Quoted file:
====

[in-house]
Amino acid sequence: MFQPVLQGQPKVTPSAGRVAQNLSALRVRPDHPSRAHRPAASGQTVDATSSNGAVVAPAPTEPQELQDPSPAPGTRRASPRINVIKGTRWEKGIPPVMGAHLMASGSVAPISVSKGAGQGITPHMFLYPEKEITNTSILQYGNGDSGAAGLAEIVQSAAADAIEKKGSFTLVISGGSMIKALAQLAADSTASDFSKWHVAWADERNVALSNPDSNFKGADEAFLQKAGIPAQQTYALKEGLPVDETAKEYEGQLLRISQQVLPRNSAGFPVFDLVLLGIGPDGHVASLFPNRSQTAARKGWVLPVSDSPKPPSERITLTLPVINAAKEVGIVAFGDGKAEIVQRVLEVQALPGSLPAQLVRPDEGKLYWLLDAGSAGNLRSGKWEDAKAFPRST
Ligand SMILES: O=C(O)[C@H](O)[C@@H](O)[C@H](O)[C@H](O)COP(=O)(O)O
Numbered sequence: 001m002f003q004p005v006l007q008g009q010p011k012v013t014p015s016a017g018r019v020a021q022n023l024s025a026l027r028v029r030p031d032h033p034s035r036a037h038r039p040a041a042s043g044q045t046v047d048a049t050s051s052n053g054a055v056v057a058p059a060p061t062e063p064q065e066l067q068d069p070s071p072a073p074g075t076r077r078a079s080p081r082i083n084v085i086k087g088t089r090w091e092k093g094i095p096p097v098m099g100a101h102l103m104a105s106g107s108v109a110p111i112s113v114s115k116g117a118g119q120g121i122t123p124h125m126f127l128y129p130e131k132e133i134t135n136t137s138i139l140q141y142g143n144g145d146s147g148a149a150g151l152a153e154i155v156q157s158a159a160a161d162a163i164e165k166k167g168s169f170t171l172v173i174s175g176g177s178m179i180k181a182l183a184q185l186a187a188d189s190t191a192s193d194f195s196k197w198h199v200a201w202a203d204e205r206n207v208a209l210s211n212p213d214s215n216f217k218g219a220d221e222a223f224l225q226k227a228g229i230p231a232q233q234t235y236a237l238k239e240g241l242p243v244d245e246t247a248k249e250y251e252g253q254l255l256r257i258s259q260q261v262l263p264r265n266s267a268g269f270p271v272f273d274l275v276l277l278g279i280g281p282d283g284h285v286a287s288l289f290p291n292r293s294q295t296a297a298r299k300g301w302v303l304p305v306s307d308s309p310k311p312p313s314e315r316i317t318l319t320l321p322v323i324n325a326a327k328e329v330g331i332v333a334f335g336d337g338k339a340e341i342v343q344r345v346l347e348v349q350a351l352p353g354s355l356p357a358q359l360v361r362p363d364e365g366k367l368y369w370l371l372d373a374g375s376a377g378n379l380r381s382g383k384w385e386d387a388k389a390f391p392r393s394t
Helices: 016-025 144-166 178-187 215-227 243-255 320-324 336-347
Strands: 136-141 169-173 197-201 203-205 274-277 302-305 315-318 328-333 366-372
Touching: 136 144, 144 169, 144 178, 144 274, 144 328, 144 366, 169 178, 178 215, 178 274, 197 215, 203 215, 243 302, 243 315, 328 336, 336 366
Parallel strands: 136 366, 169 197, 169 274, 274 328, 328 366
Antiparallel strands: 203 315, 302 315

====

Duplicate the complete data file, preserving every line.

[in-house]
Amino acid sequence: MFQPVLQGQPKVTPSAGRVAQNLSALRVRPDHPSRAHRPAASGQTVDATSSNGAVVAPAPTEPQELQDPSPAPGTRRASPRINVIKGTRWEKGIPPVMGAHLMASGSVAPISVSKGAGQGITPHMFLYPEKEITNTSILQYGNGDSGAAGLAEIVQSAAADAIEKKGSFTLVISGGSMIKALAQLAADSTASDFSKWHVAWADERNVALSNPDSNFKGADEAFLQKAGIPAQQTYALKEGLPVDETAKEYEGQLLRISQQVLPRNSAGFPVFDLVLLGIGPDGHVASLFPNRSQTAARKGWVLPVSDSPKPPSERITLTLPVINAAKEVGIVAFGDGKAEIVQRVLEVQALPGSLPAQLVRPDEGKLYWLLDAGSAGNLRSGKWEDAKAFPRST
Ligand SMILES: O=C(O)[C@H](O)[C@@H](O)[C@H](O)[C@H](O)COP(=O)(O)O
Numbered sequence: 001m002f003q004p005v006l007q008g009q010p011k012v013t014p015s016a017g018r019v020a021q022n023l024s025a026l027r028v029r030p031d032h033p034s035r036a037h038r039p040a041a042s043g044q045t046v047d048a049t050s051s052n053g054a055v056v057a058p059a060p061t062e063p064q065e066l067q068d069p070s071p072a073p074g075t076r077r078a079s080p081r082i083n084v085i086k087g088t089r090w091e092k093g094i095p096p097v098m099g100a101h102l103m104a105s106g107s108v109a110p111i112s113v114s115k116g117a118g119q120g121i122t123p124h125m126f127l128y129p130e131k132e133i134t135n136t137s138i139l140q141y142g143n144g145d146s147g148a149a150g151l152a153e154i155v156q157s158a159a160a161d162a163i164e165k166k167g168s169f170t171l172v173i174s175g176g177s178m179i180k181a182l183a184q185l186a187a188d189s190t191a192s193d194f195s196k197w198h199v200a201w202a203d204e205r206n207v208a209l210s211n212p213d214s215n216f217k218g219a220d221e222a223f224l225q226k227a228g229i230p231a232q233q234t235y236a237l238k239e240g241l242p243v244d245e246t247a248k249e250y251e252g253q254l255l256r257i258s259q260q261v262l263p264r265n266s267a268g269f270p271v272f273d274l275v276l277l278g279i280g281p282d283g284h285v286a287s288l289f290p291n292r293s294q295t296a297a298r299k300g301w302v303l304p305v306s307d308s309p310k311p312p313s314e315r316i317t318l319t320l321p322v323i324n325a326a327k328e329v330g331i332v333a334f335g336d337g338k339a340e341i342v343q344r345v346l347e348v349q350a351l352p353g354s355l356p357a358q359l360v361r362p363d364e365g366k367l368y369w370l371l372d373a374g375s376a377g378n379l380r381s382g383k384w385e386d387a388k389a390f391p392r393s394t
Helices: 016-025 144-166 178-187 215-227 243-255 320-324 336-347
Strands: 136-141 169-173 197-201 203-205 274-277 302-305 315-318 328-333 366-372
Touching: 136 144, 144 169, 144 178, 144 274, 144 328, 144 366, 169 178, 178 215, 178 274, 197 215, 203 215, 243 302, 243 315, 328 336, 336 366
Parallel strands: 136 366, 169 197, 169 274, 274 328, 328 366
Antiparallel strands: 203 315, 302 315